Wednesday, February 08, 2006
Stupor Bowl advertising memories, attendant controversies, and the empire of wet air.
As noted in NFL: Humorous beer commercials crack open a controversy, by Joe Lapointe of the New York Times, beer is the most advertised product during the Stupor Bowl, America’s annual national sports Sunday holiday from reality.
As Lapointe’s article reveals, there is another side to the ubiquity of megabrew advertising. Some researchers contend that certain of the ads “associate alcohol with destruction,” and others that “youth who saw more alcohol advertisements on average drank more.”
And here I thought that they were merely numbingly stupid, but to be honest, even the Curmudgeon laughed at Anheuser-Busch’s “magic fridge” spot.
During the now mercifully concluded NFL campaign, I watched not more than three downs of any regular season or playoff game until the Stupor Bowl finale, which was viewed from beginning to end with the not unappreciated assistance of close friends, a pot of chili, a growler of Schlenkerla Rauchbier Marzen and a six-pack of Founders Red’s Rye.
The most annoying of all the A-B shill pieces was the one heralding the birth of a dark AND light beer, Michelob Ultra Amber, perhaps also known as the Q-38 Beer Simulator, which may or may not be any number of things, but that most assuredly is not the first “light dark-colored beer.”
There’s this style called Mild, and it is still brewed in England … aw, never mind. I suppose such a product does in fact appear to be revolutionary when viewed in the context of lifelong Lite lappers.
Previously, in Coors Light – Always better the second time around (May 9, 2005), the Curmudgeon explored the topic of megabrewery television advertising.
Last week, (my wife) asked why television advertisements for America’s “Big Three” multinational megabrewers invariably insult the intelligence (a term I use guardedly) of their own loyal consumers, depicting them variously as leering lechers, bumbling simpletons, and graceless bobble-heads.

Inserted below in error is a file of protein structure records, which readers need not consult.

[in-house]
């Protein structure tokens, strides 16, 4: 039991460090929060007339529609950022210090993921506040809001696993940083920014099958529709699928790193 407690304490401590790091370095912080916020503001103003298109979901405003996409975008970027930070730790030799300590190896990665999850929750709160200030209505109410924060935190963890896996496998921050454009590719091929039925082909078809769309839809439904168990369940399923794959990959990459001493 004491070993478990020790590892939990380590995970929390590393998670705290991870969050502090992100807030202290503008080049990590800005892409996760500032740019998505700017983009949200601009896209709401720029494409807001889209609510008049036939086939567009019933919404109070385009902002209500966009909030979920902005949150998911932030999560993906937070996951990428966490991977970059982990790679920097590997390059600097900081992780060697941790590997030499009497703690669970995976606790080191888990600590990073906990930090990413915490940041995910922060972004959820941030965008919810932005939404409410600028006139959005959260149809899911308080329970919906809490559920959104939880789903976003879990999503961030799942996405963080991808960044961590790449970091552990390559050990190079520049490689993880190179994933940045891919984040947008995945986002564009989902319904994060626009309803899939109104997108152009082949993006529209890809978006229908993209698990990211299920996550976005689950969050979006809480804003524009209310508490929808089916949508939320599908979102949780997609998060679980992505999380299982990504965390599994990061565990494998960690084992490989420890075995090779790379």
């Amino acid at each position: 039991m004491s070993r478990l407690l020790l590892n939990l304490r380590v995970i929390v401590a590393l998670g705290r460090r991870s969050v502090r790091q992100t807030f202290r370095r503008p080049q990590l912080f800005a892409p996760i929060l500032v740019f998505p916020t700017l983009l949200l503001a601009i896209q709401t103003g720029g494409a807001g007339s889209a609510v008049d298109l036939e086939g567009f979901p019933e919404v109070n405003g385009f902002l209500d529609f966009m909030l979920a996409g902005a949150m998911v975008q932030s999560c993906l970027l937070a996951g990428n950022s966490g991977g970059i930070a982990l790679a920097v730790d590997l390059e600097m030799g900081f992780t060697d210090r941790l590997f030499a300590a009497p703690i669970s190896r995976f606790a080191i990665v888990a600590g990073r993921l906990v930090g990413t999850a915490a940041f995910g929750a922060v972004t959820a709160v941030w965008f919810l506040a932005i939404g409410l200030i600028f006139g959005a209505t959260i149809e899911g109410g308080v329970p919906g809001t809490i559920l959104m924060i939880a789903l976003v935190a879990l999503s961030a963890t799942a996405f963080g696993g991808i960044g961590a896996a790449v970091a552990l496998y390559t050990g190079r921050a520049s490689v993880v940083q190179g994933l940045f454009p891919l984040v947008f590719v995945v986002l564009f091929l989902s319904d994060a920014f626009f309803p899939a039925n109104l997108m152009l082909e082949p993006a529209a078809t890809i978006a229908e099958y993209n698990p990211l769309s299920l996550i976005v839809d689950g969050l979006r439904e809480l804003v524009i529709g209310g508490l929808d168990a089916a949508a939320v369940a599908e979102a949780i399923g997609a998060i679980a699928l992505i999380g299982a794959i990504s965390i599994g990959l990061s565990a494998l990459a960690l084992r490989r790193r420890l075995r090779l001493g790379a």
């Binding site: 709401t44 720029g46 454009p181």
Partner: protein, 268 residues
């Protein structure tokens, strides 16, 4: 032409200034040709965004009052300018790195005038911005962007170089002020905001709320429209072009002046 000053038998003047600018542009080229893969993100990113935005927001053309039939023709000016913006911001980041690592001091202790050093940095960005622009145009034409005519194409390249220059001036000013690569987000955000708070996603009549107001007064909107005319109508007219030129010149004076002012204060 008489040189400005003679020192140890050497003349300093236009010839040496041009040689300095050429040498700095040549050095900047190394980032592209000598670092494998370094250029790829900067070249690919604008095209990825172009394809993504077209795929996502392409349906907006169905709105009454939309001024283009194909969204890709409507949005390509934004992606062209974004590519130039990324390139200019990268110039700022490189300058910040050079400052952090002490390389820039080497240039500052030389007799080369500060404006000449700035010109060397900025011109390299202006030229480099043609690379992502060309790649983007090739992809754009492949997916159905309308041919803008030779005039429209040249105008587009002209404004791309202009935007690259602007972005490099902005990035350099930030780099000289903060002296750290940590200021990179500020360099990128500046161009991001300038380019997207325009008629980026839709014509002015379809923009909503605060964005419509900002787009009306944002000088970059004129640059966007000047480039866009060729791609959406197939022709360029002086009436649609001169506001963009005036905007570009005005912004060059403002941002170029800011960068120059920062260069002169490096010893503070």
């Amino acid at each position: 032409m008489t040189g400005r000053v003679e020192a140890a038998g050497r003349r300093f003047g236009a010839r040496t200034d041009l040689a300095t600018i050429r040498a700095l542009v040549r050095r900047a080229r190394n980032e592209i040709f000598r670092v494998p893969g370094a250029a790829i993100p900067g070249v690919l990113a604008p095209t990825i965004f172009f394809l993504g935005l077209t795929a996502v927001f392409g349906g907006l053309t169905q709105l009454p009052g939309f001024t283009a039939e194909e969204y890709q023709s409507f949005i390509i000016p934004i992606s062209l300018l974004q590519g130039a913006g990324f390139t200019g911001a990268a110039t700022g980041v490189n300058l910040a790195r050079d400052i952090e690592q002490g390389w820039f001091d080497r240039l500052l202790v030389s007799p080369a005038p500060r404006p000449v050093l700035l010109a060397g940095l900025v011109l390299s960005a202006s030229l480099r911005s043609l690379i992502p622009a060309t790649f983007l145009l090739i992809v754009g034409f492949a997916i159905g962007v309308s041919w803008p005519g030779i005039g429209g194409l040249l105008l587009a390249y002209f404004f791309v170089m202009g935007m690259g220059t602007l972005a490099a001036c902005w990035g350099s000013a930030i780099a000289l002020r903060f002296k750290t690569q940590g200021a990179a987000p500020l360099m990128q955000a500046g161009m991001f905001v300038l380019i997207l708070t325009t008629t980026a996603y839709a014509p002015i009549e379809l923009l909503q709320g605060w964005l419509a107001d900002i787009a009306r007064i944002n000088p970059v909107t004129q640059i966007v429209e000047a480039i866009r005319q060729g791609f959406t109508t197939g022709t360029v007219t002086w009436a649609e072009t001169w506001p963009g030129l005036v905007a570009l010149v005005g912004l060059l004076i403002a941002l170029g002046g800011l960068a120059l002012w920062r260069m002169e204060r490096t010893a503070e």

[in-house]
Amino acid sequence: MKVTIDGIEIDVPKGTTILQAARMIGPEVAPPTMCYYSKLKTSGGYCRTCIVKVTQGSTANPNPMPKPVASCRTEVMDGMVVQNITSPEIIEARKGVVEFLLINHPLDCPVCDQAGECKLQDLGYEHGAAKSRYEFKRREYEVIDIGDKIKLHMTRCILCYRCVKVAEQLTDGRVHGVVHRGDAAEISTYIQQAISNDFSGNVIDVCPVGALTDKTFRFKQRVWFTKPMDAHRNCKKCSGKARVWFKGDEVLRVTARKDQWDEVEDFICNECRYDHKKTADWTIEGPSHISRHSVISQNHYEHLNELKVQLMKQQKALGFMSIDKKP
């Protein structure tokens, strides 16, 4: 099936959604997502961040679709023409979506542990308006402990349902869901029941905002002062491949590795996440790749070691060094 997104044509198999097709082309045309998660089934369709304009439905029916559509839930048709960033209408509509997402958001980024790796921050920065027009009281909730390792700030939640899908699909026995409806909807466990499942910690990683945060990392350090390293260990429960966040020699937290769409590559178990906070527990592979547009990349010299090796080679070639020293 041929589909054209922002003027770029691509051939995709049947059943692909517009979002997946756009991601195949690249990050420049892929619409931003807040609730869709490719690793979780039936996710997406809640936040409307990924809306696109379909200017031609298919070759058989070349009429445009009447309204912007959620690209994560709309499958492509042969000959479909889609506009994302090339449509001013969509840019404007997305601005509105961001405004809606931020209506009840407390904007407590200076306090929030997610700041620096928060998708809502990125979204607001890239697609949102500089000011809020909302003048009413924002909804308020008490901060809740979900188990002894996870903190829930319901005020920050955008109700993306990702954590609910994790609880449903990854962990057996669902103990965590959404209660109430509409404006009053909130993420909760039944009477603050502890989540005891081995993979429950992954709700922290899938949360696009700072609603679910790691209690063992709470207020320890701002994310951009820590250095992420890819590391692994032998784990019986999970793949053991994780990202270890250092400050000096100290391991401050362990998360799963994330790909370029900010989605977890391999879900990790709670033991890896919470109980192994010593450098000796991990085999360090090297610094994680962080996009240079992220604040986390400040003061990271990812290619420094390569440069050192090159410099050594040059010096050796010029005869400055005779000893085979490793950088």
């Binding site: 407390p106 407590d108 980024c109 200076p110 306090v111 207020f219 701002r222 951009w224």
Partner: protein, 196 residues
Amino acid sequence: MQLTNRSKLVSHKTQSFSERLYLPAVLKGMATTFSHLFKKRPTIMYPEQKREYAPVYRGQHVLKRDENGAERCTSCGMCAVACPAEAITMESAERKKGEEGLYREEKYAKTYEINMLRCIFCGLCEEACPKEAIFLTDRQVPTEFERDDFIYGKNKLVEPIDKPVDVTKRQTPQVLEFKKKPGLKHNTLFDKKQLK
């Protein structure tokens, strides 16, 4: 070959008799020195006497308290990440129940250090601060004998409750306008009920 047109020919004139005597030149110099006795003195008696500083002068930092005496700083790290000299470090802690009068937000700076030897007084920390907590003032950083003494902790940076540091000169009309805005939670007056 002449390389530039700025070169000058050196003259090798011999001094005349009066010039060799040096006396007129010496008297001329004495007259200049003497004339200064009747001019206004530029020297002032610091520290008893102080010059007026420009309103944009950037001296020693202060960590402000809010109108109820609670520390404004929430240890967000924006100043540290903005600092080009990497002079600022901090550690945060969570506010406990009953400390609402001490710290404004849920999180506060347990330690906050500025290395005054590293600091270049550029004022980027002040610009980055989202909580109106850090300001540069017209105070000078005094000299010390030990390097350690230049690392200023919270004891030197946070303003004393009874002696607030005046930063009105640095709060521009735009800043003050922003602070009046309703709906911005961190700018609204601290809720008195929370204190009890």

Then, as now, there’s no clear answer.
It remains the height of disingenuous prattle for the megabreweries and their sycophant ad agencies to deny that children watch beer ads and form opinions from them that may influence choices later in life.
At the same time, the closer proximity of living, breathing and sometimes vomiting role models surely plays a larger part in this process.
Televised depictions of swill-addled morons almost certainly exalt violence and anti-social behavior, but probably no more so than the 75% or more of motorized vehicle advertisements, which invariably tout the destruction of topsoil and the absorption of impact by comets as the very epitome of the driving experience.
Not to mention video games and the latest offerings at the megaplex.
Does the existence of these advertisements preface the persistent American disdain for education, or is it the other way around?
There’s one to consider over an aluminum-clad, low-calorie, alcohol-delivery device – just don’t forget your bag ‘o’ Big Bufords.